Sarah Nicastro: Yeah. Yeah, that's really cool. So, when you work with people, do you find any commonality in sort of how technical people evolve through this process? Is every path different? Or are there are any kind of common stages or phases of what it looks like to move from being kind of uncomfortable to getting more familiar and kind of mastering the art a bit?
Neil Thompson: Well, I think for a lot of technical people there's a lot of technical jargon that they're comfortable with and they use amongst each other. But one thing that they have to understand is that the audience, especially if you're talking to a non-technical audience, they may not understand that technical jargon, so it'd be in your best interest to explain it or perhaps even use other words that are more commonly used. Because what would happen a lot of the times is people may not even ask what those words mean. They just won't listen at all. And so you want to avoid that scenario altogether. So, it's in your best interest if you're a technical person that uses a lot of technical jargon just generally in your daily life doing your work that keep the expertise of the people you're speaking to in mind when you're preparing your presentations.
Sarah Nicastro: Yeah. One thing I'm thinking about, Neil, as we're talking through this for the organizations that would be in our audience is it might be best to consider either leveraging an external resource or co-creating a program with someone on your technical team who is more accepting of the change, right? Because what I was just thinking as you were talking about kind of the jargon and that sort of thing is there's probably a lot of aspects to this where it's the creation of the program or the execution of the upskilling and reskilling is done by someone who isn't an engineer or isn't the technical person. They could miss a lot because some of the things that maybe come natural to them wouldn't come natural to others, or some of the kind of foundational elements like that, realizing not to use too many acronyms or too much technical speak.
Sarah Nicastro: And so, kind of the training of when you're talking about this with the customer here's kind of the level you want to present at, those sorts of things. You kind of need the firsthand or could benefit from the firsthand input of someone on your team who is highly technical to help with shaping what upskilling and reskilling could look like so that you don't miss important aspects, and so that maybe some of the technical people who are a little bit more resistant to change respect the program more because it's been created or co-created by someone like them. Does that make sense?
Neil Thompson: Well, it makes perfect sense. That's the main reason Teach the Geek is geared towards people like myself, because of that credibility I would think that someone like myself would bring as opposed to someone else that has a communications course who is in that field. I mean, there's a lot of communication courses out there, but are they geared towards people in the technical field? And if they are, were they created by people that come from that field? I don't know of any besides my own. So I think that's been really helpful in me just differentiating myself.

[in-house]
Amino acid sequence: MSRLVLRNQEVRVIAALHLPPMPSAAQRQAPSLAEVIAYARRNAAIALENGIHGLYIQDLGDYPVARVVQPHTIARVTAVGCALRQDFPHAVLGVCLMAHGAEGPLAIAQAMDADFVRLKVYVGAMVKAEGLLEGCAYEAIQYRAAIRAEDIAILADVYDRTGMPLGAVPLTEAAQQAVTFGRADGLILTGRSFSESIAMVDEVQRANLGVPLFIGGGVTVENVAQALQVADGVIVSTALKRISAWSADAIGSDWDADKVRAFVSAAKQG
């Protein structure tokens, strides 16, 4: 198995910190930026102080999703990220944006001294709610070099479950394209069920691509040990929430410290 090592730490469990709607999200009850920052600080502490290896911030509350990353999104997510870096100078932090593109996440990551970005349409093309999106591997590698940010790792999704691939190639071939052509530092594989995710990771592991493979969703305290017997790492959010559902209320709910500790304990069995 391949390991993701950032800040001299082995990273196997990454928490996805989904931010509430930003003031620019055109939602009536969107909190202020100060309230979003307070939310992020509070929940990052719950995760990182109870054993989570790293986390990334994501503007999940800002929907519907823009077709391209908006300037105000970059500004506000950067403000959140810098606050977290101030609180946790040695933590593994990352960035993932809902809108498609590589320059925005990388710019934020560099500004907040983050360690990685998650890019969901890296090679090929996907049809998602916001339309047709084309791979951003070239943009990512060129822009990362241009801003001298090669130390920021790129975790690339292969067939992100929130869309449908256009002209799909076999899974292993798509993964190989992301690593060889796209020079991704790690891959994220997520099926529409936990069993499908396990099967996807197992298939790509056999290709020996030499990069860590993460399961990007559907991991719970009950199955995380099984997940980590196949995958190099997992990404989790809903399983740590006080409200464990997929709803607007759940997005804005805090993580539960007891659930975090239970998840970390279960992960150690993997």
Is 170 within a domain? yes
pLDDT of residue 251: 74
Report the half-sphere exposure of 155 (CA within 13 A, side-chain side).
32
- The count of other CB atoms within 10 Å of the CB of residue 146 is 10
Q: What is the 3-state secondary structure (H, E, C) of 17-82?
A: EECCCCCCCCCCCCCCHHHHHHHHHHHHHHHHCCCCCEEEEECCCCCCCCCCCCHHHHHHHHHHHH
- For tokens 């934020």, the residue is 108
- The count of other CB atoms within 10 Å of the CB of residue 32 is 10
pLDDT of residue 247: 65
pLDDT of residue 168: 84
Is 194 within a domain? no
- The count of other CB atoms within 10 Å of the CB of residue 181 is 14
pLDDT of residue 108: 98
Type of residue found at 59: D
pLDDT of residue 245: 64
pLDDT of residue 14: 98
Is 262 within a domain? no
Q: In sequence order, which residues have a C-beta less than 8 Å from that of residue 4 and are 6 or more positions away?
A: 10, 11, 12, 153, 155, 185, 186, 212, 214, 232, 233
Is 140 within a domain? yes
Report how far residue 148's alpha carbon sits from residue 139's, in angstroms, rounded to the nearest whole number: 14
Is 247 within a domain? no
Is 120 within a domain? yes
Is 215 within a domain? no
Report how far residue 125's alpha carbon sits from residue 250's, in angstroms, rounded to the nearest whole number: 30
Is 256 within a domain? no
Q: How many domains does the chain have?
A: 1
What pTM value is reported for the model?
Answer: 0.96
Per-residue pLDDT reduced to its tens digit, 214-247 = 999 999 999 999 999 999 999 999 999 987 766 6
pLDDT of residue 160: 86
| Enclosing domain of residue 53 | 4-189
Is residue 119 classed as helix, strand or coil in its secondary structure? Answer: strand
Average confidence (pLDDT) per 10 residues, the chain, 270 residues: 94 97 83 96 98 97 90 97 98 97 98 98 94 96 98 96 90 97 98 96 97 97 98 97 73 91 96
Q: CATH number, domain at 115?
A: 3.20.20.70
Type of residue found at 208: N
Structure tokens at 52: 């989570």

Sarah Nicastro: Yeah. Yeah, for sure. And I think that that's just something to keep in mind is... You mentioned change is hard, right? And so when you're asking employees, especially longstanding employees, to really evolve the way that they've done their job for a long period of time, number one, like you said, it's tough if it's just force, force, force, right? The more you can create buy-in the better, but number two, think about how you're creating this in a way that shows you respect the technical talent, not that you're just trying to change it, right? Because you're not trying to remove technical expertise, you're just trying to augment it with some of the soft skills or communication skills that haven't been a focus up to that point. It's a really good point. Okay, so shifting gears just a bit, Neil, I know one of the other things that you're passionate about is creating more awareness around STEM careers, and particularly for black children. So, tell us a little bit about your passion in this area. And I know that you've written a children's book, so tell us about that as well.
Neil Thompson: Sure. The book is called Ask Uncle Neil: why is my hair curly? It's about my nephew asking me why his hair is the way it is, and I use science to answer the question. And the motivation for me writing the book is to encourage more black children to consider careers in STEM, science, technology, engineering, and math. And I'm really keen on the messaging of my motivation. My goal isn't to convince more black children to go into STEM, it's to have them see it as an option, because ultimately it's your life.